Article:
embodies a kind of collective ideal of civil life which the courts have
vindicated by equitable remedies since the beginning of the 16th century.”
(People ex rel. Gallo v. Acuna (1997) 14 Cal.4th 1090, 1103 [60 Cal.Rptr.2d
277, 929 P.2d 596].)
• “[W]hen the nuisance is a private as well as a public one, there is no
requirement the plaintiff suffer damage different in kind from that suffered by
the general public. That is, the plaintiff ‘ “does not lose his rights as a
landowner merely because others suffer damage of the same kind, or even of
the same degree . . . .” ’ ” (Birke, supra, 169 Cal.App.4th at p. 1551, internal
citations omitted.)
• “Of course, not every interference with collective social interests constitutes a
public nuisance. To qualify . . . the interference must be both substantial and
unreasonable.” (People ex rel. Gallo, supra, 14 Cal.4th at p. 1105.)
TRESPASS CACI No. 2020
1151
0019
• “The fact that the defendants’ alleged misconduct consists of omission rather
than affirmative actions does not preclude nuisance liability.” (Birke, supra, 169
Cal.App.4th at p. 1552 [citing this instruction], internal citation omitted.)
• “A nuisance may be either a negligent or an intentional tort.” (Stoiber v.
Honeychuck (1980) 101 Cal.App.3d 903, 920 [162 Cal.Rptr. 194], internal
citation omitted.)
• “Nuisance liability is not necessarily based on negligence, thus, ‘one may be
liable for a nuisance even in the absence of negligence. [Citations.]’ However,
‘ “where liability for the nuisance is predicated on the omission of the owner of
the premises to abate it, rather than on his having created it, then negligence is
said to be involved. . . .” [Citations.]’ ” (City of Pasadena v. Superior Court
(2014) 228 Cal.App.4th 1228, 1236 [176 Cal.Rptr.3d 422], internal citations
omitted.)
• “An essential element of a cause of action for nuisance is damage or injury.”
(Helix Land Co., Inc. v. City of San Diego (1978) 82 Cal.App.3d 932, 950 [147
Cal.Rptr. 683].)
• “[M]ere apprehension of injury from a dangerous condition may constitute a
nuisance where it interferes with the comfortable enjoyment of property . . . .”
(McIvor v. Mercer-Fraser Co. (1946) 76 Cal.App.2d 247, 254 [172 P.2d 758].)
• “A fire hazard, at least when coupled with other conditions, can be found to be
a public nuisance and abated.” (People v. Oliver (1948) 86 Cal.App.2d 885, 889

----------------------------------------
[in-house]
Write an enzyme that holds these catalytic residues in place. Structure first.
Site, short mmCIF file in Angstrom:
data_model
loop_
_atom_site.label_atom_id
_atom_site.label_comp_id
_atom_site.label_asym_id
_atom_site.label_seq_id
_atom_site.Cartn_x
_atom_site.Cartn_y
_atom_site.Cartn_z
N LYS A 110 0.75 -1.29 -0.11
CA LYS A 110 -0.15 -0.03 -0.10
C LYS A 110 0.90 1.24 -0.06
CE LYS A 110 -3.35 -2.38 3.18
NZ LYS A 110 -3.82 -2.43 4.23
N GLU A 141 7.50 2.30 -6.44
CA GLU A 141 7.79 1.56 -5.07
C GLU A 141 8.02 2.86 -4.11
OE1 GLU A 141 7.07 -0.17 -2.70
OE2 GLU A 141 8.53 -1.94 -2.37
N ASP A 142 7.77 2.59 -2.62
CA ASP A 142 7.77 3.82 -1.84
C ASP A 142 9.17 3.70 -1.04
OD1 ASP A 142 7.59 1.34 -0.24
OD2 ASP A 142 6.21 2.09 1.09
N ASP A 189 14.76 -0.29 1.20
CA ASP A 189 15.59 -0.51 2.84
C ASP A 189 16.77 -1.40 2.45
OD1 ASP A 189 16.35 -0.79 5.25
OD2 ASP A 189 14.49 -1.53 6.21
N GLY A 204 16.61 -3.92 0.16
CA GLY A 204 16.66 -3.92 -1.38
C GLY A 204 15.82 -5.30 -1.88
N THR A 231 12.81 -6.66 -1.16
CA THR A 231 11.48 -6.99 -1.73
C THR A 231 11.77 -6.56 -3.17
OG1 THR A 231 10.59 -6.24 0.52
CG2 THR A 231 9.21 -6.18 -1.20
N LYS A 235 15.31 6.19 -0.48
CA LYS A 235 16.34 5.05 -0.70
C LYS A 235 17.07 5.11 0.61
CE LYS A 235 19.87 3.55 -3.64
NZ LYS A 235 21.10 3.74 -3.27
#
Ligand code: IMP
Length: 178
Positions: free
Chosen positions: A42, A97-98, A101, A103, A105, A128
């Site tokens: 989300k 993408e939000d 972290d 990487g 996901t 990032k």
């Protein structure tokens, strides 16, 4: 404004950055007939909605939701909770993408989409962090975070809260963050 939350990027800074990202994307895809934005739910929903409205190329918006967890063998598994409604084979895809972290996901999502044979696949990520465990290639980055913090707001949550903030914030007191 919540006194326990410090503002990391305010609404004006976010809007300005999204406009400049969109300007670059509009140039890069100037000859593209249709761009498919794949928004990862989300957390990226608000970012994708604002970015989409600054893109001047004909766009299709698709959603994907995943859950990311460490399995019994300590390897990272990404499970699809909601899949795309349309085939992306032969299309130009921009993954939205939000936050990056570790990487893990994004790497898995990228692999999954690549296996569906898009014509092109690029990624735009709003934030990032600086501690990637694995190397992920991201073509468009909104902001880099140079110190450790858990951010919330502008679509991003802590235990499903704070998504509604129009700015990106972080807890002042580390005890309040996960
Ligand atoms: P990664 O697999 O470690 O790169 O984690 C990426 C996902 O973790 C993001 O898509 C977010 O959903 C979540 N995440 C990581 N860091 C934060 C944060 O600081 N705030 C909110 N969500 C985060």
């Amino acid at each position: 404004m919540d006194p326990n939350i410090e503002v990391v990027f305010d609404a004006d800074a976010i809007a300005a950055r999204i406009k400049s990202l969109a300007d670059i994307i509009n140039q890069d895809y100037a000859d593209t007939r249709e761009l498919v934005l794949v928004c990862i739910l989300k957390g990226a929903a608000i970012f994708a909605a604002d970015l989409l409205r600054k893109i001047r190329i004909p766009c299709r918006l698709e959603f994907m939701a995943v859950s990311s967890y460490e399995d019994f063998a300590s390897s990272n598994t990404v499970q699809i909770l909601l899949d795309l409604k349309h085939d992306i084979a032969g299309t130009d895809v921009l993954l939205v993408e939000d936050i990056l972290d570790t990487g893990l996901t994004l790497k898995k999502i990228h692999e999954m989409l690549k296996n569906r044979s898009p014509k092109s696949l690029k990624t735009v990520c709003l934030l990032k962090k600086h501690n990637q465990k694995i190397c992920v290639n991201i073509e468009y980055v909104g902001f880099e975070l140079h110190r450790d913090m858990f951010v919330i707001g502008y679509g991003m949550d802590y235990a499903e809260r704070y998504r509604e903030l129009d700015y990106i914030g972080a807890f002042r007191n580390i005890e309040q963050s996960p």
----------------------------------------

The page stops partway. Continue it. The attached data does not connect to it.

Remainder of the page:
[195 P.2d 926].)
• “By analogy to the rules governing tort liability, courts apply the same elements
to determine liability for a public nuisance.” (People ex rel. Gallo, supra, 14
Cal.4th at p. 1105, fn. 3, internal citation omitted.)
• “The elements ‘of a cause of action for public nuisance include the existence of
a duty and causation.’ Public nuisance liability ‘does not hinge on whether the
defendant owns, possesses or controls the property, nor on whether he is in a
position to abate the nuisance; the critical question is whether the defendant
created or assisted in the creation of the nuisance.’ ” (Melton v. Boustred (2010)
183 Cal.App.4th 521, 542 [107 Cal.Rptr.3d 481], internal citations omitted.)
• “ ‘Where negligence and nuisance causes of action rely on the same facts about
lack of due care, the nuisance claim is a negligence claim.’ The nuisance claim
‘stands or falls with the determination of the negligence cause of action’ in such
cases.” (Melton, supra, 183 Cal.App.4th at p. 542, internal citations omitted.)
Secondary Sources
13 Witkin, Summary of California Law (10th ed. 2005) Equity, § 133
Greenwald & Asimow, California Practice Guide: Real Property Transactions, Ch.
5-D, Common Law Environmental Hazards Liability, ¶¶ 5:140–5:179 (The Rutter
Group)
California Real Property Remedies and Damages (Cont.Ed.Bar 2d ed.) Ch. 11,
CACI No. 2020 TRESPASS
1152
0020
Remedies for Nuisance and Trespass, § 11.7
2 Levy et al., California Torts, Ch. 17, Nuisance and Trespass, §§ 17.01–17.04,
17.06 (Matthew Bender)
34 California Forms of Pleading and Practice, Ch. 391, Nuisance, § 391.12
(Matthew Bender)
16 California Points and Authorities, Ch. 167, Nuisance, § 167.20 et seq. (Matthew
Bender)
1 California Civil Practice: Torts §§ 17:1–17:3 (Thomson Reuters)
TRESPASS CACI No. 2020
1153
0021